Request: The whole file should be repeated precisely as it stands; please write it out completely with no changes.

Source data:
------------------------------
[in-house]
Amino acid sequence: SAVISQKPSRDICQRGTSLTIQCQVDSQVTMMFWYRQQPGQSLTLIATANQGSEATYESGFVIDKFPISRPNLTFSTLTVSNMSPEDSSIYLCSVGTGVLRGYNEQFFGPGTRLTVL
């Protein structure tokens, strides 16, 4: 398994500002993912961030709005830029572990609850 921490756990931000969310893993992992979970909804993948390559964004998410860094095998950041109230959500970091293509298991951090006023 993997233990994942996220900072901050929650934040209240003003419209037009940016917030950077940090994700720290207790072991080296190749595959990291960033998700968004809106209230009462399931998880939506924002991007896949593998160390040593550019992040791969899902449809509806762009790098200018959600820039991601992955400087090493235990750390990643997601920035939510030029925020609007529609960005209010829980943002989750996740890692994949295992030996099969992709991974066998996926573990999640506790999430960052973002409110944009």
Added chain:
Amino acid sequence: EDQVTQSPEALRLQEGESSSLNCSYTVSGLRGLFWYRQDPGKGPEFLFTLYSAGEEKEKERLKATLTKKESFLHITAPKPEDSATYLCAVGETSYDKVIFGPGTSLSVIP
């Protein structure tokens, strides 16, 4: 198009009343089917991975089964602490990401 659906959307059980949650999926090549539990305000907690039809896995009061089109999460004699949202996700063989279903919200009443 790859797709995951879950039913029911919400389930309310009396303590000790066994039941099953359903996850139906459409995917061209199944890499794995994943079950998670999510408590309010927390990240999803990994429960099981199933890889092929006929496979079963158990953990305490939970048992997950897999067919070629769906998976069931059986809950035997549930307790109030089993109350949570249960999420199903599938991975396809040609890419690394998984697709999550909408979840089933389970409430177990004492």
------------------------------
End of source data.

[in-house]
Amino acid sequence: SAVISQKPSRDICQRGTSLTIQCQVDSQVTMMFWYRQQPGQSLTLIATANQGSEATYESGFVIDKFPISRPNLTFSTLTVSNMSPEDSSIYLCSVGTGVLRGYNEQFFGPGTRLTVL
């Protein structure tokens, strides 16, 4: 398994500002993912961030709005830029572990609850 921490756990931000969310893993992992979970909804993948390559964004998410860094095998950041109230959500970091293509298991951090006023 993997233990994942996220900072901050929650934040209240003003419209037009940016917030950077940090994700720290207790072991080296190749595959990291960033998700968004809106209230009462399931998880939506924002991007896949593998160390040593550019992040791969899902449809509806762009790098200018959600820039991601992955400087090493235990750390990643997601920035939510030029925020609007529609960005209010829980943002989750996740890692994949295992030996099969992709991974066998996926573990999640506790999430960052973002409110944009």
Added chain:
Amino acid sequence: EDQVTQSPEALRLQEGESSSLNCSYTVSGLRGLFWYRQDPGKGPEFLFTLYSAGEEKEKERLKATLTKKESFLHITAPKPEDSATYLCAVGETSYDKVIFGPGTSLSVIP
């Protein structure tokens, strides 16, 4: 198009009343089917991975089964602490990401 659906959307059980949650999926090549539990305000907690039809896995009061089109999460004699949202996700063989279903919200009443 790859797709995951879950039913029911919400389930309310009396303590000790066994039941099953359903996850139906459409995917061209199944890499794995994943079950998670999510408590309010927390990240999803990994429960099981199933890889092929006929496979079963158990953990305490939970048992997950897999067919070629769906998976069931059986809950035997549930307790109030089993109350949570249960999420199903599938991975396809040609890419690394998984697709999550909408979840089933389970409430177990004492």